If you want to keep in touch with all your friends and coworkers, you don't have to jump around from one service to another.
Any programmer now can build software to tap into Windows Live Messenger's network. Perhaps in time IM will become less fragmented and more useful.
Google takes YouTube into the premium realm, and BlackBerry strikes up some partnerships. Plus, the first Lumia to lose the Nokia branding. All that and more in this look back at the week in tech.
Milestone comes just months after a negative backlash against separating the social network's IM features onto a standalone app.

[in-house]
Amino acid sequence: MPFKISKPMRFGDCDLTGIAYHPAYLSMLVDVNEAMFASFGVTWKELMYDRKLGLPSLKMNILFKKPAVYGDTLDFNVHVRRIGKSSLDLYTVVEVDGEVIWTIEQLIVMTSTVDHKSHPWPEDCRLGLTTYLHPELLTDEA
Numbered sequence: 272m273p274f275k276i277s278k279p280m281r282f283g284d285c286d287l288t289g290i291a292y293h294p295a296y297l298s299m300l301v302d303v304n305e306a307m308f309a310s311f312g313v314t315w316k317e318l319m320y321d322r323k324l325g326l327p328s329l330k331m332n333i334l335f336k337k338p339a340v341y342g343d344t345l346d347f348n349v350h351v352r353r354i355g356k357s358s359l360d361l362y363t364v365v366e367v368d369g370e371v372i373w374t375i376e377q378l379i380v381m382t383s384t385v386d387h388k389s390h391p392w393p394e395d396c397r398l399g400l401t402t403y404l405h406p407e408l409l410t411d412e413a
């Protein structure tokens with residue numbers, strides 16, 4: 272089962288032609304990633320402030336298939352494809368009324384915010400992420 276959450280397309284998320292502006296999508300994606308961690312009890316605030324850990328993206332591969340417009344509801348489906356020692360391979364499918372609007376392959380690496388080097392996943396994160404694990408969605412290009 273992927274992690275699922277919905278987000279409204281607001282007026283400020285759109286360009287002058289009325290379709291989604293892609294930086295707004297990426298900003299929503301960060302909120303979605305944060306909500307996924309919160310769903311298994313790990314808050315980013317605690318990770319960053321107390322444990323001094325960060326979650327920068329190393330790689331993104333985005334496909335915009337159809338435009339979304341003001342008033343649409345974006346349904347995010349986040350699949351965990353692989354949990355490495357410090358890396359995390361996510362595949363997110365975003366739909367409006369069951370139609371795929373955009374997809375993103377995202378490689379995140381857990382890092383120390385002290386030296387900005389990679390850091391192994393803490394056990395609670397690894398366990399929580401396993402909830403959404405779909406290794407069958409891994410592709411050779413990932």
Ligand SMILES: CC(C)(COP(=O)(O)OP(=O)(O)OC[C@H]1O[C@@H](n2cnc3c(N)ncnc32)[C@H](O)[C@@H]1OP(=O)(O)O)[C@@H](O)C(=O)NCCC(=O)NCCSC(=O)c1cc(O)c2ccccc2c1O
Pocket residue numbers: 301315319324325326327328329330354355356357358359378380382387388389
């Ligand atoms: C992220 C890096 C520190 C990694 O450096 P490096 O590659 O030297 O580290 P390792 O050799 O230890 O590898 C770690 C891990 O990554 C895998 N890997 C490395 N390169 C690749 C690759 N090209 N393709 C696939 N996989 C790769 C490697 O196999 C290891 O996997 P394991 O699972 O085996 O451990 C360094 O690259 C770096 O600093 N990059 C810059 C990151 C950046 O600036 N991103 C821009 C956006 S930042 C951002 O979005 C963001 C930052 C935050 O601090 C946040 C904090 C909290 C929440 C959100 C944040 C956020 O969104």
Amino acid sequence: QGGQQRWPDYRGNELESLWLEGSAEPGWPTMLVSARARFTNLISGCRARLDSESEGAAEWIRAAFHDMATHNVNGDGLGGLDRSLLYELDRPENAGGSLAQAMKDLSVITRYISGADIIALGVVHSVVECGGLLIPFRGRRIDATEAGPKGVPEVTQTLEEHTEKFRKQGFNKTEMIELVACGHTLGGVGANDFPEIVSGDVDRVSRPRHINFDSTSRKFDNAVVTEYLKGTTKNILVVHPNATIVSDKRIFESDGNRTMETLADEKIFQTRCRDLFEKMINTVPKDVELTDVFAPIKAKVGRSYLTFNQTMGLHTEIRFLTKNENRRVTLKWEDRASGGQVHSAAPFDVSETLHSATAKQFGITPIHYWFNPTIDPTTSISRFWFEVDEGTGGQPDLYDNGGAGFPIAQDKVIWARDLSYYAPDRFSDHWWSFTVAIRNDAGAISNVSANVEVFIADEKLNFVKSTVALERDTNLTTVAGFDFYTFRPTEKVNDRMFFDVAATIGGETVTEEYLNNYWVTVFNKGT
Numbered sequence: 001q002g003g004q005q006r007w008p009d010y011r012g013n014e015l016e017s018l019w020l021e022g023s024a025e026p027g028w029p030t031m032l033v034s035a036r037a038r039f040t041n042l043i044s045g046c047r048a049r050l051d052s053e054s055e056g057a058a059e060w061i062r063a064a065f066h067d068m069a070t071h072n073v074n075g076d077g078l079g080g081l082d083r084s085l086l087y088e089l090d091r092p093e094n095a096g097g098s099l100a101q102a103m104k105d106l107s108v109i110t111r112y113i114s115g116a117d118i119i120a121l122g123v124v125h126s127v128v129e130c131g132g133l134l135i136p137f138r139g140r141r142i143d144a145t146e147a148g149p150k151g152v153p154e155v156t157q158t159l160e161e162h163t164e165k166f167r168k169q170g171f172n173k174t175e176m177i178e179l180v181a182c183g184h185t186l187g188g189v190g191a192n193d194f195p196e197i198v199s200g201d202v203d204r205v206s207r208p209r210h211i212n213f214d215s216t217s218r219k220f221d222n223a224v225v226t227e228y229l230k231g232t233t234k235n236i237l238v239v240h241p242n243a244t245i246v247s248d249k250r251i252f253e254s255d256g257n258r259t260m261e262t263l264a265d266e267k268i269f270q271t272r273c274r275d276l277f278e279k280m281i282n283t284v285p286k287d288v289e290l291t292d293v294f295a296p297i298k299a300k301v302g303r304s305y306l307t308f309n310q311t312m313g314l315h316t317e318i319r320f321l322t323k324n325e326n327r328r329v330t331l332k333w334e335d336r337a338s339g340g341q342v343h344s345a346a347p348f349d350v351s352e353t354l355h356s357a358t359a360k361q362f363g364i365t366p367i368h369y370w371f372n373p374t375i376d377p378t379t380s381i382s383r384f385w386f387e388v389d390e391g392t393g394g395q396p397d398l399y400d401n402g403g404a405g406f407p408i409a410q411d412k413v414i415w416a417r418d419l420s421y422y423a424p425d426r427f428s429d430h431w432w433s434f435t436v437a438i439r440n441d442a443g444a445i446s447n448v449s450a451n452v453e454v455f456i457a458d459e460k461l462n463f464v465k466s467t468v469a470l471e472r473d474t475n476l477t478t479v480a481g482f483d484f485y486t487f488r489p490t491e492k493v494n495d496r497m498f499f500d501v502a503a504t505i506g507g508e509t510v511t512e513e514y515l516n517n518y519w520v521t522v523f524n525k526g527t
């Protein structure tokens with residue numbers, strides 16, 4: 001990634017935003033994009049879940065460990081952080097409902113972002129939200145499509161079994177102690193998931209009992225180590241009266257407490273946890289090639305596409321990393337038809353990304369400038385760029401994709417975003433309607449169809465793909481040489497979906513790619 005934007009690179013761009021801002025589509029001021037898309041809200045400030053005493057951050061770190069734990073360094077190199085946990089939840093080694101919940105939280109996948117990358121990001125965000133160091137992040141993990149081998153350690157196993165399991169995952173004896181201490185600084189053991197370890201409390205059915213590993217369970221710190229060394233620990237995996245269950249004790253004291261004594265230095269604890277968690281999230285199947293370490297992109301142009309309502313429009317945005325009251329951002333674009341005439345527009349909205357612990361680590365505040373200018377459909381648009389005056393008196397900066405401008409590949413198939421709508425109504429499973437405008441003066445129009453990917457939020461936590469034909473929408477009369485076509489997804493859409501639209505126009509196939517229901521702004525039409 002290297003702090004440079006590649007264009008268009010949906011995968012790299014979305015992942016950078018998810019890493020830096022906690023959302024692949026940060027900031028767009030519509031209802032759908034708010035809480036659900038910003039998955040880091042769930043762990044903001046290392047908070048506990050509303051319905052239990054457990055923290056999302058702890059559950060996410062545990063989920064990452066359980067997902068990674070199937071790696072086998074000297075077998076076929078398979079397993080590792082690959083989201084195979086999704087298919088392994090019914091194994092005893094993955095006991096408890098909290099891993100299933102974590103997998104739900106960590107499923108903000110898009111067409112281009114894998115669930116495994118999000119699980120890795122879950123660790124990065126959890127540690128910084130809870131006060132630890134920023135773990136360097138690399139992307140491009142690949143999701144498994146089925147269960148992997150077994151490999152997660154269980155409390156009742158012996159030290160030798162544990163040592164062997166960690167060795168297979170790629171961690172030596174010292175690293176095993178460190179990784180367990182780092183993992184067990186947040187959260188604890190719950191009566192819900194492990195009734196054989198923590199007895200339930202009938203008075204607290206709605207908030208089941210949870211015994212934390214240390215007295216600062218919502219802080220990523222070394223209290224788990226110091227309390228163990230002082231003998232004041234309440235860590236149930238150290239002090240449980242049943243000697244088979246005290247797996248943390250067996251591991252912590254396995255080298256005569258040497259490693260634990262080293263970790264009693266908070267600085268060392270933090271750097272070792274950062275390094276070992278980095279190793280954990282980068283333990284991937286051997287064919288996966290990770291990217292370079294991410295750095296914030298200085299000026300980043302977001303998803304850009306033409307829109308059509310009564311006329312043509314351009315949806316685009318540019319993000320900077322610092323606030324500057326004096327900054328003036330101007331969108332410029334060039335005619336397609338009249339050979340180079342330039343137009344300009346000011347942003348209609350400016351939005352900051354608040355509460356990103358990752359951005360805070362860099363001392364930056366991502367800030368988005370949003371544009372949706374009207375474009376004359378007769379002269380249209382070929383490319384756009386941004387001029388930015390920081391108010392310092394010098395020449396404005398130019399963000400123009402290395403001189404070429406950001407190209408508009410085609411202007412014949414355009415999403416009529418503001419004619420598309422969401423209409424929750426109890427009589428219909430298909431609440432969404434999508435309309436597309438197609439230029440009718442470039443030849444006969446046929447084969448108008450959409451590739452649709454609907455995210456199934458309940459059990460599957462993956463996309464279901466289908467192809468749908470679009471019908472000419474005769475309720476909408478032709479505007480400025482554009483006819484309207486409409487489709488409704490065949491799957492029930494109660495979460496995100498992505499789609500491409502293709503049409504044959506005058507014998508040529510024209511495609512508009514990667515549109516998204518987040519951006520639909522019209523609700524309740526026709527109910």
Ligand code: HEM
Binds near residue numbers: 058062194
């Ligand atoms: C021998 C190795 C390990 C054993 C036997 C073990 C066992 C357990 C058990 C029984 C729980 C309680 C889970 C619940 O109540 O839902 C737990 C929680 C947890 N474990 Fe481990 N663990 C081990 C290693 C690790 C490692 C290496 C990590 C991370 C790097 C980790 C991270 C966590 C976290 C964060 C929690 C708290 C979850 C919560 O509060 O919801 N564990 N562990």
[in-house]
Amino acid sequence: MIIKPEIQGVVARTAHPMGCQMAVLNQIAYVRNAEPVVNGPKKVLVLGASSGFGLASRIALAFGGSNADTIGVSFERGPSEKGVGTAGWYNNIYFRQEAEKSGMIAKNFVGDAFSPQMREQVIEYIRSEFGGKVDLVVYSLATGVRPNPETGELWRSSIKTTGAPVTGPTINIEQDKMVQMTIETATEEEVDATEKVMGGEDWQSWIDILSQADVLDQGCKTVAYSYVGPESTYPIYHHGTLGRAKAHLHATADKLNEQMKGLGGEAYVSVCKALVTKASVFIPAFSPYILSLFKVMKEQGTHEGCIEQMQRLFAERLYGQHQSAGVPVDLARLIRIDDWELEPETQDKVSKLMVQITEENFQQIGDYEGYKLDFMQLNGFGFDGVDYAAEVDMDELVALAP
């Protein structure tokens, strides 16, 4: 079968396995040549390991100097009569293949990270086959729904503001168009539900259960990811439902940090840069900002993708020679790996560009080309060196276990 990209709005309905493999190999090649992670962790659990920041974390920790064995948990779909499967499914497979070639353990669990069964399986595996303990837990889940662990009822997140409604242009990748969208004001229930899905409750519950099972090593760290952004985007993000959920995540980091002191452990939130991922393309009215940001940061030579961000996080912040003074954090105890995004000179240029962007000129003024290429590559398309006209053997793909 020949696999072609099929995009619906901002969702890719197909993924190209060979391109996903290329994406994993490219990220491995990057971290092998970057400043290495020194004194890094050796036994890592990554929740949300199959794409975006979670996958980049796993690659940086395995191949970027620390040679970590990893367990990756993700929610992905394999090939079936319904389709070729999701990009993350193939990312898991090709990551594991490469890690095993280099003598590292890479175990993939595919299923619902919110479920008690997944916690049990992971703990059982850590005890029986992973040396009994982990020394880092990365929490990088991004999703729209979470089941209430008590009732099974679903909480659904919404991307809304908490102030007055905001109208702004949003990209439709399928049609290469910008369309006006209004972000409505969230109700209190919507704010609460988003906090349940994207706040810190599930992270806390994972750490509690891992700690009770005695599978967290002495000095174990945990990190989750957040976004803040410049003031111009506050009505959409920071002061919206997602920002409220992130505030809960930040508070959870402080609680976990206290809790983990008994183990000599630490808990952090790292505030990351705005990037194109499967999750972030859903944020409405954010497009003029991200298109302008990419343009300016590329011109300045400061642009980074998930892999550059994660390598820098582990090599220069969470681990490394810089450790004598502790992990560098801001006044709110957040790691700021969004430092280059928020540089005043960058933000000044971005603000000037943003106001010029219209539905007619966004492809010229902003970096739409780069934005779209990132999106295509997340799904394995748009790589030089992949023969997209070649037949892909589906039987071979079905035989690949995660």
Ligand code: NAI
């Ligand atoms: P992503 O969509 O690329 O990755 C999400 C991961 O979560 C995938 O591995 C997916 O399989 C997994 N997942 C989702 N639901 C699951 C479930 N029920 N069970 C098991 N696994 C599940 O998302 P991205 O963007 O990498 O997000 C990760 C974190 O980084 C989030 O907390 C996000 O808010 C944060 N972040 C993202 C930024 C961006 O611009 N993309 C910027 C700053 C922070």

US and European police say they closed more than 400 online contraband markets and arrested 17 people -- who thought they were hidden by the popular tool.
Google Glass is today's most iconic wearable for augmented reality, but Toshiba's come up with a somewhat more subtle design.
Designed for small and midsize businesses, the three new subscription plans offer more features and flexibility than their predecessors, says the company.
Roughly half of Phones 4U's staff are to be laid off, while EE, Vodafone and Dixons Carphone snap up other stores.
One of Bill Gates' all-time favorite programmers is back after pondering the hypothetical: What would people do if the phone had never been invented before the Internet came along?
If BitTorrent succeeds with its encrypted, decentralized app, it would enshroud a previously open form of messaging in a hard-to-break bubble of privacy.